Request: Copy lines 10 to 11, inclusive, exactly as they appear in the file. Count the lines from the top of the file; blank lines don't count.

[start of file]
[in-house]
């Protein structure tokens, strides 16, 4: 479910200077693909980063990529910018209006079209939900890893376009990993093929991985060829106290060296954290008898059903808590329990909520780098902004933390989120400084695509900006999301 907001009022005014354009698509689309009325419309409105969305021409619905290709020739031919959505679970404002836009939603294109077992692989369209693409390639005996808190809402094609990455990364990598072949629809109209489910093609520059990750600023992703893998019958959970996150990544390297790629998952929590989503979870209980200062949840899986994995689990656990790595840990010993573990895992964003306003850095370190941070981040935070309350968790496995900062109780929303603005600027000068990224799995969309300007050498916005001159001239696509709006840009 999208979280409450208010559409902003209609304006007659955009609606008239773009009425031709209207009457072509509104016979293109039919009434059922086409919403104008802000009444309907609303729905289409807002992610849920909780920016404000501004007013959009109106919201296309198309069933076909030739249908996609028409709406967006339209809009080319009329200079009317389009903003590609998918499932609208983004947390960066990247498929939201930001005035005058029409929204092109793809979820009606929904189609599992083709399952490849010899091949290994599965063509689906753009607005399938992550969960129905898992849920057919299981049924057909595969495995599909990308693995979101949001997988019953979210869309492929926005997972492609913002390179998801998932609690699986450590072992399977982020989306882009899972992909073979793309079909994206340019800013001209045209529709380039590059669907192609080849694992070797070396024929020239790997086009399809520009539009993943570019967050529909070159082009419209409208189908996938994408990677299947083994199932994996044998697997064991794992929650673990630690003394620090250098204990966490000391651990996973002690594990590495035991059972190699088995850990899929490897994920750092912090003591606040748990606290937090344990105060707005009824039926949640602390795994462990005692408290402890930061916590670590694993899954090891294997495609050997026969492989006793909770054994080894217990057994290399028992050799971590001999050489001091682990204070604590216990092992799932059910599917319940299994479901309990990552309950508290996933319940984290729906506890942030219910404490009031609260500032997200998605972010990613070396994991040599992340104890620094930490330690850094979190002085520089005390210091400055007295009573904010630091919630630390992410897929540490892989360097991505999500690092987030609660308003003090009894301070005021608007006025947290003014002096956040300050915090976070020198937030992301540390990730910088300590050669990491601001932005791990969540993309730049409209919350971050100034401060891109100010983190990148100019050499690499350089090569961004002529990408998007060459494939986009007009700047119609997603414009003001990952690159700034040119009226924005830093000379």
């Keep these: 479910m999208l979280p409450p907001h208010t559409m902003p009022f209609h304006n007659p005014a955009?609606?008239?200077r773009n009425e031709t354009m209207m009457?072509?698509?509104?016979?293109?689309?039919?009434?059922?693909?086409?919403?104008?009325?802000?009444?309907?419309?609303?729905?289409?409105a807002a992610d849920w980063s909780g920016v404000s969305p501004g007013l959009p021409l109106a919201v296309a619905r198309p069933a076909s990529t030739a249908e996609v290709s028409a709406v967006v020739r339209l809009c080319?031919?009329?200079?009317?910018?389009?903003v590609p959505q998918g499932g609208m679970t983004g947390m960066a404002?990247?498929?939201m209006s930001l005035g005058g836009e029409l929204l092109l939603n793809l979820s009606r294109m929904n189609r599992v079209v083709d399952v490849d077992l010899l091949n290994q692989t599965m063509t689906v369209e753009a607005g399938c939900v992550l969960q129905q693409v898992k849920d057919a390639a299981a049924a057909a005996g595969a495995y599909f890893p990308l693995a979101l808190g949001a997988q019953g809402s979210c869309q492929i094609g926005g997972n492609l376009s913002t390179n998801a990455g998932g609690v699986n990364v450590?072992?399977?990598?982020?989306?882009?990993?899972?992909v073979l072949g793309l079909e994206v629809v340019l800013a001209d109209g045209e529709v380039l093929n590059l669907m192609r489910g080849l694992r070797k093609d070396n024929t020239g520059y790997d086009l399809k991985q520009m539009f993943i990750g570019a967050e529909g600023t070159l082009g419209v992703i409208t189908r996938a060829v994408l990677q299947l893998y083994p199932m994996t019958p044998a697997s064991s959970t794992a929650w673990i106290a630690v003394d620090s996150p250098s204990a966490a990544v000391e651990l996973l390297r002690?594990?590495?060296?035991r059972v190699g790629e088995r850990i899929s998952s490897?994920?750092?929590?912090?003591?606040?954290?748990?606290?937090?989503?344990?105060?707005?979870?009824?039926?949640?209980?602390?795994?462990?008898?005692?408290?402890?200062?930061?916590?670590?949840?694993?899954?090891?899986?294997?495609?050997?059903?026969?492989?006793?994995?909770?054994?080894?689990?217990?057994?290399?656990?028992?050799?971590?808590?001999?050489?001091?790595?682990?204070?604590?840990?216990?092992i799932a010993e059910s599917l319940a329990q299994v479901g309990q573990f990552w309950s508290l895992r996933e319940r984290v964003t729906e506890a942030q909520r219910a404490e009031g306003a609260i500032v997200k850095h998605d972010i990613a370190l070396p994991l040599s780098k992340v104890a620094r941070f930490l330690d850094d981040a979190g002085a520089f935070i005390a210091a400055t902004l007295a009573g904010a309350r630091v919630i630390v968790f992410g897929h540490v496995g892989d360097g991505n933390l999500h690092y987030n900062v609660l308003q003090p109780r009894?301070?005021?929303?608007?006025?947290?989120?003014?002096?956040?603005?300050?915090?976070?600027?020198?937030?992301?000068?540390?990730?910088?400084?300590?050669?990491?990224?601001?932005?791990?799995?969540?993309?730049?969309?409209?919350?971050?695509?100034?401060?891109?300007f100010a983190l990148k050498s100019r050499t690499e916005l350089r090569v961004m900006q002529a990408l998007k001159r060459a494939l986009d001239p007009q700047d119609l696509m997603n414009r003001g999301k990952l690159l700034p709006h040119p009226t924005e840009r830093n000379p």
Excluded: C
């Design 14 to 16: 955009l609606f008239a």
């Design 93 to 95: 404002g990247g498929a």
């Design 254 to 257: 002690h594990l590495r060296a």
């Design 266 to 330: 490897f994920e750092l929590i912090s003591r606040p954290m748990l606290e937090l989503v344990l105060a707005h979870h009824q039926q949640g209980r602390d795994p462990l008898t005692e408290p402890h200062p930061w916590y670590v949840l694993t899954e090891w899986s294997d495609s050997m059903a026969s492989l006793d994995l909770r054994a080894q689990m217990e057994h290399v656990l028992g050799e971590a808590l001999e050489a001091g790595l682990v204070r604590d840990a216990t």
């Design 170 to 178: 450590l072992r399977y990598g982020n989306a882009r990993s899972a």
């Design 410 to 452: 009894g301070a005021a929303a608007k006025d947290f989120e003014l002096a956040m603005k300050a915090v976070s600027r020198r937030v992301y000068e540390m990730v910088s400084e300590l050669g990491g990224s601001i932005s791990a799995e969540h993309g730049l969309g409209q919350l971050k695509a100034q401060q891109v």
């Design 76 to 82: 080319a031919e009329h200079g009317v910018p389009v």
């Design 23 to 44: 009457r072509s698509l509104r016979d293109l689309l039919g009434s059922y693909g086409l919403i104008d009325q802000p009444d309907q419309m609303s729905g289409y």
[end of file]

């Design 410 to 452: 009894g301070a005021a929303a608007k006025d947290f989120e003014l002096a956040m603005k300050a915090v976070s600027r020198r937030v992301y000068e540390m990730v910088s400084e300590l050669g990491g990224s601001i932005s791990a799995e969540h993309g730049l969309g409209q919350l971050k695509a100034q401060q891109v």
């Design 76 to 82: 080319a031919e009329h200079g009317v910018p389009v």